There is a tone and editing structure that is often imitated in dramatic and comedic "based on true stories" of a person who throws away his values for riches but then is floored by his own greed or incompetence. It usually kicks off with the protagonist already deep in the muck but then the action pauses for some witty narration by that same protagonist and then the rewind button is hit so we see how the character got to that downfall. War Dogs starts with Miles Teller's David Packouz being roughed up in a grey and decrepit street before having a gun pointed at his head, but he then narrates to us the type of gun it is and then we jump back a year to explain how it all led to this point. It is a standard formula the movie maintains to the end, but Phillips has a brisk pacing and a comedic timing that keeps the movie compelling even if it at times it feels like Scorsese-lite.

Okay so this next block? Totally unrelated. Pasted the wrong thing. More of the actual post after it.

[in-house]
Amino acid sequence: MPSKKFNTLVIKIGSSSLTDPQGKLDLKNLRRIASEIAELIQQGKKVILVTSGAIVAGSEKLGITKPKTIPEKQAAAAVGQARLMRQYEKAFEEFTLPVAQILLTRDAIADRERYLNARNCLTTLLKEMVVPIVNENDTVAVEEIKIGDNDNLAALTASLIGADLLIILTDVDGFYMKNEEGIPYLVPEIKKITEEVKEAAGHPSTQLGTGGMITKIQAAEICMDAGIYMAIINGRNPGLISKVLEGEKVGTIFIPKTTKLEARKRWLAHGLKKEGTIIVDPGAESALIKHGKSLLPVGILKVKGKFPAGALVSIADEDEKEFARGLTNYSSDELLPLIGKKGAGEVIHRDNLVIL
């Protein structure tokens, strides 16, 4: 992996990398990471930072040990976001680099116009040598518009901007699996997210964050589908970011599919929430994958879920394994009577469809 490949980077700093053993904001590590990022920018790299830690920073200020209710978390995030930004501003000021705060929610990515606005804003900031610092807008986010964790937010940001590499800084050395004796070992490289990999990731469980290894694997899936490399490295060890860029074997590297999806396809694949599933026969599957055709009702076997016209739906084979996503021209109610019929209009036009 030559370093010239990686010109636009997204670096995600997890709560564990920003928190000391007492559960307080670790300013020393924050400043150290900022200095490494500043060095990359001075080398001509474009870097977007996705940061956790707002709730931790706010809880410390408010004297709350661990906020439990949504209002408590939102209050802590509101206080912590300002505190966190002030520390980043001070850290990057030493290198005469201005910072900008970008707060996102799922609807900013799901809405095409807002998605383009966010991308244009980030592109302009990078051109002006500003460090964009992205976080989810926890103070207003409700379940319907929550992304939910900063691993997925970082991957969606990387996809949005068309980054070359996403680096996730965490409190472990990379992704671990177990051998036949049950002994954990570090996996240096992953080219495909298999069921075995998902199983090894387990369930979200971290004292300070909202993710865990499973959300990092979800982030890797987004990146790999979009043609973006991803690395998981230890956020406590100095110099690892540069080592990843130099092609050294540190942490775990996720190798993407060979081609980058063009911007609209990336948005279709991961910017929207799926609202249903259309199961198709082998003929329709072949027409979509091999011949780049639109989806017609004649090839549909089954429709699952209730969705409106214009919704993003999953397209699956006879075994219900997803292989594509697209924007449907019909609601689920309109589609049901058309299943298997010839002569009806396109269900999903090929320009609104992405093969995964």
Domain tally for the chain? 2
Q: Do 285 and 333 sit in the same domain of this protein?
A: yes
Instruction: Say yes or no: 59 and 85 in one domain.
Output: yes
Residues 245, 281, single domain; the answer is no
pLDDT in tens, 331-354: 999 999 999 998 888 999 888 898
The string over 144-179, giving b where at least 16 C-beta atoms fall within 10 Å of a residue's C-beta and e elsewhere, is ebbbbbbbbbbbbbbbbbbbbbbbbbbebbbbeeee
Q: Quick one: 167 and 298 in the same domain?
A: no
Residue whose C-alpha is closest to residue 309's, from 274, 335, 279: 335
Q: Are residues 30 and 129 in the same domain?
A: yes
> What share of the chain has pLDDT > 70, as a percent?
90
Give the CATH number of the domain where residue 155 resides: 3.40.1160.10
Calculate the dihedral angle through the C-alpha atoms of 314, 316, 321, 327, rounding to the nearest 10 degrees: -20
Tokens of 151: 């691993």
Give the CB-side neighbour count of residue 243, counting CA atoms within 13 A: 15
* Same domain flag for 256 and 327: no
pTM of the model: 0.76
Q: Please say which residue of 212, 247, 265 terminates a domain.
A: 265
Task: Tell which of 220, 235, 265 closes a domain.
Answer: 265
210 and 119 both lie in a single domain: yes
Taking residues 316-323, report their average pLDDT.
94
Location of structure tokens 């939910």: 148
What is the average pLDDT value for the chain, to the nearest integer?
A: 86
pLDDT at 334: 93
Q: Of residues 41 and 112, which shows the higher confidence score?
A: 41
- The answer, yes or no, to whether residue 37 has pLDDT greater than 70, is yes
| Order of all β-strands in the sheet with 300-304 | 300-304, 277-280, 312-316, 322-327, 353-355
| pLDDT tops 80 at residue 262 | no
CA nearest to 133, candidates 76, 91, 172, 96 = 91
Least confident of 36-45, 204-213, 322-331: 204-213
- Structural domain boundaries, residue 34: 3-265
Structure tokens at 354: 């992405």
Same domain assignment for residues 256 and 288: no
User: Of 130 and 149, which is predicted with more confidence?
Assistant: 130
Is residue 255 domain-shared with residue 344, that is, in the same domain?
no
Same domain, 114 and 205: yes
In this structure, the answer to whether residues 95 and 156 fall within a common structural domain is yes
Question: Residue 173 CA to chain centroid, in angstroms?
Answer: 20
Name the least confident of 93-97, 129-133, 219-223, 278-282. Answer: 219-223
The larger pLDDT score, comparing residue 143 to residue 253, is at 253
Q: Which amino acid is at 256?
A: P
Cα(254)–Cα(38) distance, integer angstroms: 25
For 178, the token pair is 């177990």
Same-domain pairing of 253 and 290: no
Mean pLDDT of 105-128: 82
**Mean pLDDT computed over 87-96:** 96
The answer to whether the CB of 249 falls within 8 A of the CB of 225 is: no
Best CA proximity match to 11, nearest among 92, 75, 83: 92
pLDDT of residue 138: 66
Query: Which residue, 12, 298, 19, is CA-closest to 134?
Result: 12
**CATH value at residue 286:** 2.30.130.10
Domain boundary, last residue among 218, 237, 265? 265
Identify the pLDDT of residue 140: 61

David starts out as an average nobody living his life like a schnook who does massage therapy for rich and lecherous old men and is stuck with half an apartment full of fine bedsheets that the penny-pinching retirement homes refuse to buy from him. He has the added pressure of his girlfriend Iz (played by Ana de Armas) announcing she is pregnant that puts the heat on trying make enough to support his growing family. He then reconnects with his high school best friend Efraim Diveroli (played by Jonah Hill) when both are attending a funeral of a high school friend. David learns Efraim is making a lot of money with his company AEY Inc. that sells weapons to the U.S. military. David is uneasy about the business and is even an objector of the war in Iraq but the lure of money finds him working for his friend.